Why has everyone forgotten about The Actual Emergency?

Liberals are very excited about President Trump declaring an emergency to waste billions of dollars building an unnecessary wall. There's nothing wrong with opposing that, but why is no one talking about where the money is being stolen from?

Congress last year approved $20 billion in Community Development Block Grants for disaster relief to repair its electric grid and repair homes, but just a fraction of those funds have made its way to the island. Additionally, the Trump administration hints it may take some of those disaster relief funds to help pay for a border wall if Congress does not fully fund it. The government of Puerto Rico has said it will sue the federal government should that occur.

“I really hope that it doesn’t happen," Meléndez said of a lawsuit. "Congress already approved that money, those funds have to get to Puerto Rico.”

“I hope President Trump understands the needs we have on the island and that the comments that funds will be diverted from hurricane recovery to build a border wall are just that, comments, and not real," she said. "There’s a lot of support in Congress for us to get the funds. We have filled out all the necessary paperwork and turned in all the documents. We’ve done everything we been asked and we’re still waiting, 16 months later.”

There is a lot to unpack here, much more than meets the eye, and it looks like corruption and mismanagement.
Besides the probability of it being illegal to divert the funds, there is the question of why are they still waiting after 16 months. Part of the reason for the delay was the government shutdown.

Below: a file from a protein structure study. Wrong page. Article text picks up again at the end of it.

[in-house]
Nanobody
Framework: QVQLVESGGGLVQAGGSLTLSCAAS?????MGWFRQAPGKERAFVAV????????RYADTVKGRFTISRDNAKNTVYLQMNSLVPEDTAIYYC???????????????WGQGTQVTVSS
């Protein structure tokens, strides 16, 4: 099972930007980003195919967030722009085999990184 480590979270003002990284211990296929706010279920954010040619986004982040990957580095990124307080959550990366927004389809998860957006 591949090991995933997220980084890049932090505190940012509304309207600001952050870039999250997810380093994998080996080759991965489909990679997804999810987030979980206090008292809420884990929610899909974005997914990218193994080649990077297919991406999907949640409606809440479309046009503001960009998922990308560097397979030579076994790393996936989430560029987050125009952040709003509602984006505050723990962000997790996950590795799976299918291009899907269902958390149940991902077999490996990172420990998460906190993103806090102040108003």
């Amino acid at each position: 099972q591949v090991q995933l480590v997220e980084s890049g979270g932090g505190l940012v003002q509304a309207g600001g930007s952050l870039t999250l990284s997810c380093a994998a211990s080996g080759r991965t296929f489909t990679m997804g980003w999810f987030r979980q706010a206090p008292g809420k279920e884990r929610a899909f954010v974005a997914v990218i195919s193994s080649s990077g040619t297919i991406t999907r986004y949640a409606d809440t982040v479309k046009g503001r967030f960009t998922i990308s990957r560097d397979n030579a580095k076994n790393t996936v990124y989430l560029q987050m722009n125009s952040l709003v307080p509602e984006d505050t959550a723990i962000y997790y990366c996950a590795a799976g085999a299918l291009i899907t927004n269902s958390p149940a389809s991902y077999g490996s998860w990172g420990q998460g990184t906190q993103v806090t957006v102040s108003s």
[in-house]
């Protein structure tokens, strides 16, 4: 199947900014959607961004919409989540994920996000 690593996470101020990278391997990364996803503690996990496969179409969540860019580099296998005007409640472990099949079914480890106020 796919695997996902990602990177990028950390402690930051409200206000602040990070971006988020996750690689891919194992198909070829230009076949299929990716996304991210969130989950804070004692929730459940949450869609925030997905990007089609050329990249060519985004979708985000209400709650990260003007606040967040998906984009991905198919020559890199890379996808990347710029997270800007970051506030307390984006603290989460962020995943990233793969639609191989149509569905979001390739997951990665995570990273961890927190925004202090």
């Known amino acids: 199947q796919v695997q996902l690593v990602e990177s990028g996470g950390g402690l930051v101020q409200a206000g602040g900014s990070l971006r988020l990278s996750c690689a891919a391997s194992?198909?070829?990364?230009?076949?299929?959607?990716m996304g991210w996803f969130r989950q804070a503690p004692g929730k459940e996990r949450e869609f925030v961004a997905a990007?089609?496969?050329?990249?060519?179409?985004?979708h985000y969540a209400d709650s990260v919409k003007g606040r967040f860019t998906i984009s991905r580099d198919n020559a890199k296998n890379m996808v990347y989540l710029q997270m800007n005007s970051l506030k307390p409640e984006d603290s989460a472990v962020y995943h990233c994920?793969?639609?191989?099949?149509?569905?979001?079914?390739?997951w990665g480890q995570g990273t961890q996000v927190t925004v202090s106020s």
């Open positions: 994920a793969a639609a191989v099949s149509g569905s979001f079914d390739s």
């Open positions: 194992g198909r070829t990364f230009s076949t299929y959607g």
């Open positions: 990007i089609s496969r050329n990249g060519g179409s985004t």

Warren's letter had also referenced reports that President Donald Trump told advisers in September that he did not want any further disaster relief funding to go to Puerto Rico, after hearing an unsubstantiated claim that Puerto Rico was using disaster relief funds to pay off its debt.

1.4 million Puerto Ricans will lose some or all of their food assistance next month. Nearly half of the island. THAT is an emergency.
Even the long delayed recovery money is being spent in highly questionable ways.

"This money could be the answer for many communities that within an austerity crisis would not see any money coming in," said Ariadna Godreau-Aubert, executive director of Ayuda Legal Puerto Rico, a nonprofit that has been urging the government to seek more public participation as it has developed its spending plans. "But what we've seen so far is that this is a plan for developers, and not for the people."

The island's government has rushed through public comment periods and not made a meaningful public outreach effort, Godreau-Aubert said. The process for proposing projects for funding is highly technical and can require large lines of credit often accessible to developers but not to groups working in local communities. And the government has only posted contract bidding documents in English on an island where just 20 percent of residents report speaking the language well.